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Advanced Cell Technology (OTCQB:ACTC) is a developmental stage biotech with the first FDA approved human trials for the treatment of AMD and SMD using hESC. They are nearing the end of their Phase 1 trials and expect to present interim data any day now.

ACTC is at an inflection point of sorts both from a management perspective and a science perspective. By looking at ACTC's past and their present, we will try to determine if the inflection point offers an investment opportunity.

Last week was eventful and interesting for the ardent followers of ACTC, and there are many. On January 22nd, the company announced the immediate resignation of their CEO and Chairman, Gary Rabin. For most stakeholders, it was not a surprise.

Activism in Penny Land

On April 15, 2013, ACTC filed a Form 4 with the SEC revealing their CEO had sold a large number of shares over a two and a half year period without filing the proper disclosure forms. Before the filing, shareholders had assumed the CEO was maintaining his ownership interest in the company. What followed is somewhat rare for small retail investors who invest in penny stocks. A timeline was created that matched the CEO's trades with major company events over the two year period and was circulated in various investment forums over the internet. Some took the information and reported it directly to the SEC while others created a shareholder petition which was submitted to the Board of Directors requesting an investigation. The company has since reported the SEC has started an investigation into the disclosure delays and the company's Section 16 compliance procedures.

A Little History

For most who follow the company, ACTC's history is well documented and known so I won't spend much time rehashing it here. However, since it's still impacting the company, it's worth mentioning. Like most startups, ACTC had difficulty attracting capital and resorted to very punitive PIPE financing arrangements with resets and anti-dilution provisions that captured additional shares for future transactions that were executed at a lower stock price. However, in ACTC's case, they did not disclose these future transactions to the existing debt holders. ACTC eventually settled with close to 50 claimants. One large settlement in particular, resulted in the issuance of a convertible debenture (as ACTC's stock price goes lower, more shares are issued for payment of the debt). A separate large claimant does remain however, and litigation is ongoing.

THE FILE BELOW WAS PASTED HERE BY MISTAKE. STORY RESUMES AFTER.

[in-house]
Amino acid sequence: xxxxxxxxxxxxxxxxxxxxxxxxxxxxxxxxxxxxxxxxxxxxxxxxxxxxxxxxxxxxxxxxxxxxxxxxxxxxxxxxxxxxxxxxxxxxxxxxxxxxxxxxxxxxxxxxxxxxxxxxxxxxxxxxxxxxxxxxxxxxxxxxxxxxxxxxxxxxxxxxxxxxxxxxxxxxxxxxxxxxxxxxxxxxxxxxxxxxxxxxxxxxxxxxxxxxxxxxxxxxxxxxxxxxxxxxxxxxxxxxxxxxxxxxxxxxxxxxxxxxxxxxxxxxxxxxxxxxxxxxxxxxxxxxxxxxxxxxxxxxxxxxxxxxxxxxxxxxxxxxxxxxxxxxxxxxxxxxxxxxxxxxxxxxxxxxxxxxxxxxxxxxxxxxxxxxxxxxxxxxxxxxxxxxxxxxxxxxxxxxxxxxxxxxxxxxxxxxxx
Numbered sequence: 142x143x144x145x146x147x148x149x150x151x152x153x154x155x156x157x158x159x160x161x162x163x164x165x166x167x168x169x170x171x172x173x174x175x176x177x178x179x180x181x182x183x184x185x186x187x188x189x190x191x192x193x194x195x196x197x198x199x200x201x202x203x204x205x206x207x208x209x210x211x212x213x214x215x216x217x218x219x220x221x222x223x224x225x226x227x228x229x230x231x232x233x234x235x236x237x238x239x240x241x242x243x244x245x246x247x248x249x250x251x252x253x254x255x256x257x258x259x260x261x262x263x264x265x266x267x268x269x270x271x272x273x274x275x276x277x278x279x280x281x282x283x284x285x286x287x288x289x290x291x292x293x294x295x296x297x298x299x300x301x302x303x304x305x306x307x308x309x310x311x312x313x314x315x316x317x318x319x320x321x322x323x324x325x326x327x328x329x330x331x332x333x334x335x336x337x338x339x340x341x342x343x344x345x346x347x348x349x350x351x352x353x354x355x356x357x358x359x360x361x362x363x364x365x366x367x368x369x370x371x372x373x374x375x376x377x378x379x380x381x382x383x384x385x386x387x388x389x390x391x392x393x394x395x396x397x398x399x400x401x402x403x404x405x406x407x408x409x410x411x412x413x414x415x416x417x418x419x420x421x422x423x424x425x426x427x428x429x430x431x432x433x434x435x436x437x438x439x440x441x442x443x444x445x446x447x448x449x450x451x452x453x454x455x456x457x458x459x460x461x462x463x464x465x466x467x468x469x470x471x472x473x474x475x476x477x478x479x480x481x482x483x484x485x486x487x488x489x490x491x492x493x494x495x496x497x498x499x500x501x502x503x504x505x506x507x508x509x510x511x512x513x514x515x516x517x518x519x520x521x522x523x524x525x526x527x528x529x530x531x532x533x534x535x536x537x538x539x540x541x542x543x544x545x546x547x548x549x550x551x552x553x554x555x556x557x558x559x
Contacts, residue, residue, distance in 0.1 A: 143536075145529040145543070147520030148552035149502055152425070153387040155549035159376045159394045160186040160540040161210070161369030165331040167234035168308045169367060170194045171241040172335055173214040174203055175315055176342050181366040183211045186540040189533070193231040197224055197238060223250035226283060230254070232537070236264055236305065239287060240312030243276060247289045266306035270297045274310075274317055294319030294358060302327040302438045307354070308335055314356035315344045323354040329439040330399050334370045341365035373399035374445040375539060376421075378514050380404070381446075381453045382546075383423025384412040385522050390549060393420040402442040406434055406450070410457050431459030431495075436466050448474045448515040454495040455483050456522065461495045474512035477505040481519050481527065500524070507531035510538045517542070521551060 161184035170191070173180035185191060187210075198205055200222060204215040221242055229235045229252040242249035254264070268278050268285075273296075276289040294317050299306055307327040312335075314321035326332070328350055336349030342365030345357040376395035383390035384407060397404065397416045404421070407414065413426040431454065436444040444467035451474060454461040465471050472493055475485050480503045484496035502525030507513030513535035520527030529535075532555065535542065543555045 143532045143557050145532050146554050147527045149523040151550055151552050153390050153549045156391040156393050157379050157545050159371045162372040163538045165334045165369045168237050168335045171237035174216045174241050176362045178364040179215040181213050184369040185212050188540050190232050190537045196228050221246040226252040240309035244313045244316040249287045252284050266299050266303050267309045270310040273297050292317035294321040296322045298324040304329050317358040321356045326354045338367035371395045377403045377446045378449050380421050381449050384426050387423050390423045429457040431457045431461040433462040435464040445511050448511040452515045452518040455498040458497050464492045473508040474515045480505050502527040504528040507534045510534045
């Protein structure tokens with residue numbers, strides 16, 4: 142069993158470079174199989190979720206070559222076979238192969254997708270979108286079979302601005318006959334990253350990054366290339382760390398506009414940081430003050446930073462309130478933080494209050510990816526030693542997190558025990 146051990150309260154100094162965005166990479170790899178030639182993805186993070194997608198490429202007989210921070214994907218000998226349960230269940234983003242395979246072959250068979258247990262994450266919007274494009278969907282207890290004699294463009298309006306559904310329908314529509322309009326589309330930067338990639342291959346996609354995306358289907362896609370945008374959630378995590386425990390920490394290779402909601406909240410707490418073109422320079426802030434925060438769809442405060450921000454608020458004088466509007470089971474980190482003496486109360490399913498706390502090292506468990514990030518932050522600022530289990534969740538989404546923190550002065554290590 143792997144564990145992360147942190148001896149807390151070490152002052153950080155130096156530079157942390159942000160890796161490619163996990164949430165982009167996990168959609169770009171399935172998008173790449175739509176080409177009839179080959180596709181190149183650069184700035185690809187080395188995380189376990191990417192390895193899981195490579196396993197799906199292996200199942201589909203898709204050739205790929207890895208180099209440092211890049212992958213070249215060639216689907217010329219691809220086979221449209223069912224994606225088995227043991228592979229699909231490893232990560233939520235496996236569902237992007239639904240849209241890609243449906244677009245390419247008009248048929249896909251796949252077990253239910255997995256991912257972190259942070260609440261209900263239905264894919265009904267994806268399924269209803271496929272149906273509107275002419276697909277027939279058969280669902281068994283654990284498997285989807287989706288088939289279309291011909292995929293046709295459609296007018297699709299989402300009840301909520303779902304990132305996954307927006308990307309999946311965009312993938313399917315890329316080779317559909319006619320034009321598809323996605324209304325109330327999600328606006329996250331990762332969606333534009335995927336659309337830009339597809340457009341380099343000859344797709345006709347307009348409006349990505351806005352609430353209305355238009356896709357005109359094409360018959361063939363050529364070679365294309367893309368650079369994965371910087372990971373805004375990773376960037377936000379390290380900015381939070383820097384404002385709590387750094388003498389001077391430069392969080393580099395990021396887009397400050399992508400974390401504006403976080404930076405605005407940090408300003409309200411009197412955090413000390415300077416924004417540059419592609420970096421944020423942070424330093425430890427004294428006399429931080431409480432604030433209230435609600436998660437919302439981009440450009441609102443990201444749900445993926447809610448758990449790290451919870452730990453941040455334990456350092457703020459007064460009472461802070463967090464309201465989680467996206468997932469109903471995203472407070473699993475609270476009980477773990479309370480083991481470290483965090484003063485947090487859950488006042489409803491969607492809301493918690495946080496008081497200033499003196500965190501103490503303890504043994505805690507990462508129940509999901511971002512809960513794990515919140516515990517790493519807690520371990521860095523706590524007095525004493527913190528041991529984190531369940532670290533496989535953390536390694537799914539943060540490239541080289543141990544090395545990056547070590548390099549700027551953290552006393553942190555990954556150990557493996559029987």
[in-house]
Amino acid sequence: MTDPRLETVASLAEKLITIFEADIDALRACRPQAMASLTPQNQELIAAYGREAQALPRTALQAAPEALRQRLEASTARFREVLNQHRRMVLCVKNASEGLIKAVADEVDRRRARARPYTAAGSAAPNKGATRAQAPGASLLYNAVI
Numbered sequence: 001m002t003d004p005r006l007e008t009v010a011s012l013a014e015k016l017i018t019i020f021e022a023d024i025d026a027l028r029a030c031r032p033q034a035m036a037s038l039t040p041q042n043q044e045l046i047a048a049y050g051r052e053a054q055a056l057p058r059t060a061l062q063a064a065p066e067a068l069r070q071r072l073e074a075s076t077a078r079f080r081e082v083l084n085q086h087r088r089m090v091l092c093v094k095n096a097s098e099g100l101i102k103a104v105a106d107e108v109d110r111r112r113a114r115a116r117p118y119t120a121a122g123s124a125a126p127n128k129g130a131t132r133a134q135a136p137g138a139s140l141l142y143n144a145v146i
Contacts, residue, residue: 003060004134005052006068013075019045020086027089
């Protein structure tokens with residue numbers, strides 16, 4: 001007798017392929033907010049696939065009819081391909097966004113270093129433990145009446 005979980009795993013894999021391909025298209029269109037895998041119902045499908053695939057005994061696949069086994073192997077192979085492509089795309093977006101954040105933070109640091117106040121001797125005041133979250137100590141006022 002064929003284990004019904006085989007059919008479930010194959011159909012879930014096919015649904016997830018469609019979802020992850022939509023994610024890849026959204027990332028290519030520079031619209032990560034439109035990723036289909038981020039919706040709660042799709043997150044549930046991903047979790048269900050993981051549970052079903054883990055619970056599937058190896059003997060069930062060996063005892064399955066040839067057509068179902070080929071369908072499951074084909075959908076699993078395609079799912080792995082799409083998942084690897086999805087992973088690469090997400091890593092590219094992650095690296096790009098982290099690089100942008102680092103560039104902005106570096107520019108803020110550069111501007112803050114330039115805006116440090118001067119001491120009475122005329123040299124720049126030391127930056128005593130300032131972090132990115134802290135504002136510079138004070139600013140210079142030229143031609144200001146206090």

During this time, ACTC also resorted to a scheme to raise capital that involved settling outstanding claims through the court system using fairness hearings. However, the claims were settled in shares of the company substantially above the amount actually owed and ACTC was provided a cash kickback that was not disclosed to the courts. The SEC charged ACTC with fraud and the case was recently settled for over $4 million, which will be paid in installments over a period of time.